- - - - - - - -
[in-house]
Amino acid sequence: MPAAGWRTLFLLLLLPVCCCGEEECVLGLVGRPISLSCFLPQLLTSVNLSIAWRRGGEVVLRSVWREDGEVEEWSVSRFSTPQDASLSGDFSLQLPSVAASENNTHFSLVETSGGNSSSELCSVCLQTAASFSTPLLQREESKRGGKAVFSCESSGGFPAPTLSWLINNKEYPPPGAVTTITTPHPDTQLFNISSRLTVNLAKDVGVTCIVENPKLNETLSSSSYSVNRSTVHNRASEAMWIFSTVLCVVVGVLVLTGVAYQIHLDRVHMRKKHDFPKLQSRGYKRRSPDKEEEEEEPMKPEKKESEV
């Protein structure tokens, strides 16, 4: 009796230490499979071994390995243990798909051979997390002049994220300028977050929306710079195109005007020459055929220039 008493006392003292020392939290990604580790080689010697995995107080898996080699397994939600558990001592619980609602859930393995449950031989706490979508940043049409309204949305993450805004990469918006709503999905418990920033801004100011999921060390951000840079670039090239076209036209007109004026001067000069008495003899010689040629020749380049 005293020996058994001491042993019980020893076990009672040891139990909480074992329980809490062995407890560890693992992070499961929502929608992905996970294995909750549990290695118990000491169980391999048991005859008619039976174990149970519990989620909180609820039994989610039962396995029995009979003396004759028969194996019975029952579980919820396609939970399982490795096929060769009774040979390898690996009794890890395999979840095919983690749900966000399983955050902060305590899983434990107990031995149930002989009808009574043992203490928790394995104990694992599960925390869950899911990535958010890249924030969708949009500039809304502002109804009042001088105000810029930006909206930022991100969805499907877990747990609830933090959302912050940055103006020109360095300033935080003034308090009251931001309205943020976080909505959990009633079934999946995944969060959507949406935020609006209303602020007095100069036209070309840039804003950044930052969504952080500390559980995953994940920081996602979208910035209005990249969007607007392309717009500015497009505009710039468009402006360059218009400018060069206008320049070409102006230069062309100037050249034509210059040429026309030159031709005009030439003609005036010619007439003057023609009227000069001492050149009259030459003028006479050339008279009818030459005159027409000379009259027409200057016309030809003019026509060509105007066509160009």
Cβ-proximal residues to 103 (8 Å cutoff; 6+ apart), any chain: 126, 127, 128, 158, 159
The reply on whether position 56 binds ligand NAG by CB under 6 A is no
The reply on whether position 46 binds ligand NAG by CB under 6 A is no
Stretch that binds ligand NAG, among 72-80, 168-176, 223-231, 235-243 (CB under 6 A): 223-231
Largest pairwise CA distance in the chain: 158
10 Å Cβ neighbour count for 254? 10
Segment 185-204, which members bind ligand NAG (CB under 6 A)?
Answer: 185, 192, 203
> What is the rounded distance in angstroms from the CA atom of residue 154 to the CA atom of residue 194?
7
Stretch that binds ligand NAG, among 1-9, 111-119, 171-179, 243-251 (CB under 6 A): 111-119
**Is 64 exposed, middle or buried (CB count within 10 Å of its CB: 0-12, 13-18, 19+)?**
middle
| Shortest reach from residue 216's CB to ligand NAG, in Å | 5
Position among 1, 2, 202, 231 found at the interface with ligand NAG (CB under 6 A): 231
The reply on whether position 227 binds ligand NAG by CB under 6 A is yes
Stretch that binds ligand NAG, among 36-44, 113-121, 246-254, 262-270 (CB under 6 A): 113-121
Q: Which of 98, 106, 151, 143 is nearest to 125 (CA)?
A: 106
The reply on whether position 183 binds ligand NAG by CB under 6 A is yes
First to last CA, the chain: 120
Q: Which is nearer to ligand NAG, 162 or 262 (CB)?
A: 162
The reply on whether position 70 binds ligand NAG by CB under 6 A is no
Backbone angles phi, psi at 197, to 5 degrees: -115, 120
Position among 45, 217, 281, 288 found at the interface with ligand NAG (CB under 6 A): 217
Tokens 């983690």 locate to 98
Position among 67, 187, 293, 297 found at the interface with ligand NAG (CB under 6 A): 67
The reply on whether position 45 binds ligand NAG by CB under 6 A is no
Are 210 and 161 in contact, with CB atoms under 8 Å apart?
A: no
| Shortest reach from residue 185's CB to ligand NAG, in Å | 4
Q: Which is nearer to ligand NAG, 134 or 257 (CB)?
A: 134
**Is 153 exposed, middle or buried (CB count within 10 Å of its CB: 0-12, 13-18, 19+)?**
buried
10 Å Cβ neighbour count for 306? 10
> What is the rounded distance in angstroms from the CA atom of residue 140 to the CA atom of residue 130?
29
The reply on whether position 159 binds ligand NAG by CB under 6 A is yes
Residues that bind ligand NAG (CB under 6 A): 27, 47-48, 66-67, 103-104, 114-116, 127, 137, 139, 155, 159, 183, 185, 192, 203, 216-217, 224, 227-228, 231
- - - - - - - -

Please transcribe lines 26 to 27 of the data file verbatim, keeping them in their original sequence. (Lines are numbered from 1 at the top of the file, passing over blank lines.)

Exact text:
A: 162
The reply on whether position 70 binds ligand NAG by CB under 6 A is no